1a. Objectives (from AD-416):
Examine cold-hardiness of potato psyllid under Washington State conditions.
1b. Approach (from AD-416):
a. Determine effects of sub-zero temperatures on potato psyllid, and determine if haplotype affects cold-hardiness. b. Examine survival of infected and uninfected psyllids when exposed to sub-zero temperatures.
3. Progress Report:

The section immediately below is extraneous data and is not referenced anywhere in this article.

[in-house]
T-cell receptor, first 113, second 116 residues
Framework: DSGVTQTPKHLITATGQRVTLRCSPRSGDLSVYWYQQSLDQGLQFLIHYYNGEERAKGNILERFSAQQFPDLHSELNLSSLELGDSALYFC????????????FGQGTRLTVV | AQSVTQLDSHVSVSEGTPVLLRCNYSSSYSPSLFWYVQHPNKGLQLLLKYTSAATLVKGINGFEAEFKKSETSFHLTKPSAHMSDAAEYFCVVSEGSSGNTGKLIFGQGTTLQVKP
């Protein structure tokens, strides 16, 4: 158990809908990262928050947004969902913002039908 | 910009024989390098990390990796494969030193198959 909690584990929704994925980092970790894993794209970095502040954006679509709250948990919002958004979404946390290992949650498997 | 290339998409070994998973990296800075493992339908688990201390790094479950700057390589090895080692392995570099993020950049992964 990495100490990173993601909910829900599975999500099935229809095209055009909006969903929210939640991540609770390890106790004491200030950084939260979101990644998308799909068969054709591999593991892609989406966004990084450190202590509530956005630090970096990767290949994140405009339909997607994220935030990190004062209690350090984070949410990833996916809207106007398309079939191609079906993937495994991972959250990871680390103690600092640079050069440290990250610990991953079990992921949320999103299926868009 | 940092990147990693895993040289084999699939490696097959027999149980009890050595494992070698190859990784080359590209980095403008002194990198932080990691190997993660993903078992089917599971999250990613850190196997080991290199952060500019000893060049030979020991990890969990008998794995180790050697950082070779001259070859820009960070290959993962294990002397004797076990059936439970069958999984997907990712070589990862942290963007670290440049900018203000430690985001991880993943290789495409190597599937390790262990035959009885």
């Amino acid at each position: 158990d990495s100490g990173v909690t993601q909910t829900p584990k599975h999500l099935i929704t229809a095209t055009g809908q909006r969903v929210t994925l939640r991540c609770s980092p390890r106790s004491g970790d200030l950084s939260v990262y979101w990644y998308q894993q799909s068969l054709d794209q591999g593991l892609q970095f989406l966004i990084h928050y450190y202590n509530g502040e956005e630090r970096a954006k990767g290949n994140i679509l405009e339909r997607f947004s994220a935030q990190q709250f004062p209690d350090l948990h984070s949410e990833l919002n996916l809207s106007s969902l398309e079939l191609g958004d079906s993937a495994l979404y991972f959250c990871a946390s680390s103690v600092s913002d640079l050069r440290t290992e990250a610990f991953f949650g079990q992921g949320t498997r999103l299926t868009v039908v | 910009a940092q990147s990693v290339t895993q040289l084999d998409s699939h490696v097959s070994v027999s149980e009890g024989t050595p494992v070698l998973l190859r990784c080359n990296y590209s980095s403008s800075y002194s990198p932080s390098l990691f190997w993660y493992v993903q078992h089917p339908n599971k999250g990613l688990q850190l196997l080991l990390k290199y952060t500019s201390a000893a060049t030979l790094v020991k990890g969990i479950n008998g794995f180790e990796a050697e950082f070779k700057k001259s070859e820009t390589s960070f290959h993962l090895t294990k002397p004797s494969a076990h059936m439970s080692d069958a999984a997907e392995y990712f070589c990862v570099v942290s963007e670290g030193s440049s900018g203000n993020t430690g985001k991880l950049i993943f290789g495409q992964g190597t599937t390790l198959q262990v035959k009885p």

The work summarized in this progress report relates to objective number 1 in the Project Plan for 018-00D: 1. Develop new knowledge of behavior, genetics, physiology, and ecology of wireworms, aphids, secondary potato pests, and their natural enemies, that provides opportunities for new and improved biorational control of potato insect pests; and objective number 2 in the Project Plan for 020-00D: 2. Develop bio-intensive methods to manage insect vectors of zebra chip and purple top diseases. Objectives of this project are to determine whether infective potato psyllid is sufficiently cold-hardy to allow it to overwinter under Pacific Northwest winter conditions, and to learn whether all currently known genetic types of the psyllid are equally cold-hardy. Colonies of all 3 genetic types have been established and are under continuous rearing on potato. Protocols for examining cold-hardiness are now being developed for this psyllid species using methods developed earlier for examining cold-hardiness of a psyllid pest of pears. These methods include use of a programmable cold-temperature alcohol bath. Preliminary results indicate that potato psyllid is sufficiently cold-hardy to survive short-duration temperatures of 10 degrees Fahrenheit. Trials are in progress to determine how host plant condition in late August affects survival of psyllids exposed to winter conditions. A final trial in progress is being done to determine whether psyllids infected with the pathogen that causes zebra chip have reduced cold-hardiness. Our ultimate goal at the termination of this project will be new knowledge about whether infective psyllids are able to overwinter under the winter conditions of the potato growing region of Washington State, or whether infection of potato each summer instead requires new colonization of the region by infected psyllids originating in more southerly regions.